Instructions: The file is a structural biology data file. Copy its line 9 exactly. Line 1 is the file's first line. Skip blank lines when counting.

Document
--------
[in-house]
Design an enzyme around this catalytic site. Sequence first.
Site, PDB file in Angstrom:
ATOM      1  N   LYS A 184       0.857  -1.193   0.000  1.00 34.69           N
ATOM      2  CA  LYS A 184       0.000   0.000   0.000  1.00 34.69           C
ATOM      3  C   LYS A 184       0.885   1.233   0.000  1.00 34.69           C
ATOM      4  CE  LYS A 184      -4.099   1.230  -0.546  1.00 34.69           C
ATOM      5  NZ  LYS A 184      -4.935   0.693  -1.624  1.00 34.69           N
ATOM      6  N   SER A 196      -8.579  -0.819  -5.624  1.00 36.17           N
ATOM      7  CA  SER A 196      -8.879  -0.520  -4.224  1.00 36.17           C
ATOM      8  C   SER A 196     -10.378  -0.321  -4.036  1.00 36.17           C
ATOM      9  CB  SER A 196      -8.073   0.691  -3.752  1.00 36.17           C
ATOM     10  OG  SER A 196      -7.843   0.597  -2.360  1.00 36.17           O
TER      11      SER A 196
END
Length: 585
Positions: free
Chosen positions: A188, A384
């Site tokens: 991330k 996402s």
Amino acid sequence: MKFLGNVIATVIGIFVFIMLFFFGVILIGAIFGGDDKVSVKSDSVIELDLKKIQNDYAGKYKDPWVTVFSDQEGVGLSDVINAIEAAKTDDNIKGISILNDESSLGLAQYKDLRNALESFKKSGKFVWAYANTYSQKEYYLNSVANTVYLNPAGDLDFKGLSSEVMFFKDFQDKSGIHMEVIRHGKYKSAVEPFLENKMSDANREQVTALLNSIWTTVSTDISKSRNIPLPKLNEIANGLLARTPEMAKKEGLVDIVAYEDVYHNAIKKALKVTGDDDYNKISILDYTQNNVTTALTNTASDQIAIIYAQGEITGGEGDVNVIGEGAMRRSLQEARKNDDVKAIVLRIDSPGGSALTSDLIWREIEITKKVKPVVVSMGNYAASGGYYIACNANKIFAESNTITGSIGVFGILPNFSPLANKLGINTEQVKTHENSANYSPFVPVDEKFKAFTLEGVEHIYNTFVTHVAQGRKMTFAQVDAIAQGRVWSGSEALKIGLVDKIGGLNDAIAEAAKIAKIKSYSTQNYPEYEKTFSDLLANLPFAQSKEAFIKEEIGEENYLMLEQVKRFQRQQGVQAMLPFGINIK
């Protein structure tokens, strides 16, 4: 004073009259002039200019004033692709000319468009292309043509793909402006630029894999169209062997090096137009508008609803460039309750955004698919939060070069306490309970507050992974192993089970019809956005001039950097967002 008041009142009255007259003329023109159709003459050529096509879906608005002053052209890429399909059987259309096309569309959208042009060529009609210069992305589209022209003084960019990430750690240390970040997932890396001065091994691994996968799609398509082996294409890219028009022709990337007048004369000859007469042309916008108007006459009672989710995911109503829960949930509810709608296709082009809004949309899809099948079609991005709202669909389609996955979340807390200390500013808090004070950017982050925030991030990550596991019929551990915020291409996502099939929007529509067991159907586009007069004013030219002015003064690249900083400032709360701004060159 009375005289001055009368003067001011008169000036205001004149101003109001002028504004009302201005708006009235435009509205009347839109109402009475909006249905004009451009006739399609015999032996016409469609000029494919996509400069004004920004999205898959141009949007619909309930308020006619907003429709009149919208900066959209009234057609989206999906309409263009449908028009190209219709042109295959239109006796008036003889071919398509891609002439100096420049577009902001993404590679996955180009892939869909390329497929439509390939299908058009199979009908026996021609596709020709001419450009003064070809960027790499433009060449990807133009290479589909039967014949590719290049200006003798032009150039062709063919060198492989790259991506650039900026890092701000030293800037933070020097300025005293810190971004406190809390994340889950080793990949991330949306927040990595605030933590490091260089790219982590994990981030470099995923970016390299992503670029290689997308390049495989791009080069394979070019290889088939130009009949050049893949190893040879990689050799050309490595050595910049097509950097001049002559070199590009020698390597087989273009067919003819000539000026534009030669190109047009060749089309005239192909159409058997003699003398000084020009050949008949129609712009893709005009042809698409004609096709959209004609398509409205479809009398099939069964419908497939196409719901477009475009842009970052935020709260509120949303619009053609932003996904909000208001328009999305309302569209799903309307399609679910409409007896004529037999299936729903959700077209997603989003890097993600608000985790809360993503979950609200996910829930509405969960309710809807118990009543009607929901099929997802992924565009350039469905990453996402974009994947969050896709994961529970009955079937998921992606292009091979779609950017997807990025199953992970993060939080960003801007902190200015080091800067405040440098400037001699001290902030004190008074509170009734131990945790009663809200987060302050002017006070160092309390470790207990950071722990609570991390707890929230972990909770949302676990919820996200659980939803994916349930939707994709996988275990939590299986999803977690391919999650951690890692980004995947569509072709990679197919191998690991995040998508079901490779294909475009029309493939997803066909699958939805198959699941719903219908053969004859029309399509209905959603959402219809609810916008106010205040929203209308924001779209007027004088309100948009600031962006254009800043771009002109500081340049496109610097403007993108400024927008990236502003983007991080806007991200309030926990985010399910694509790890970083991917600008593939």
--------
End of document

ATOM      6  N   SER A 196      -8.579  -0.819  -5.624  1.00 36.17           N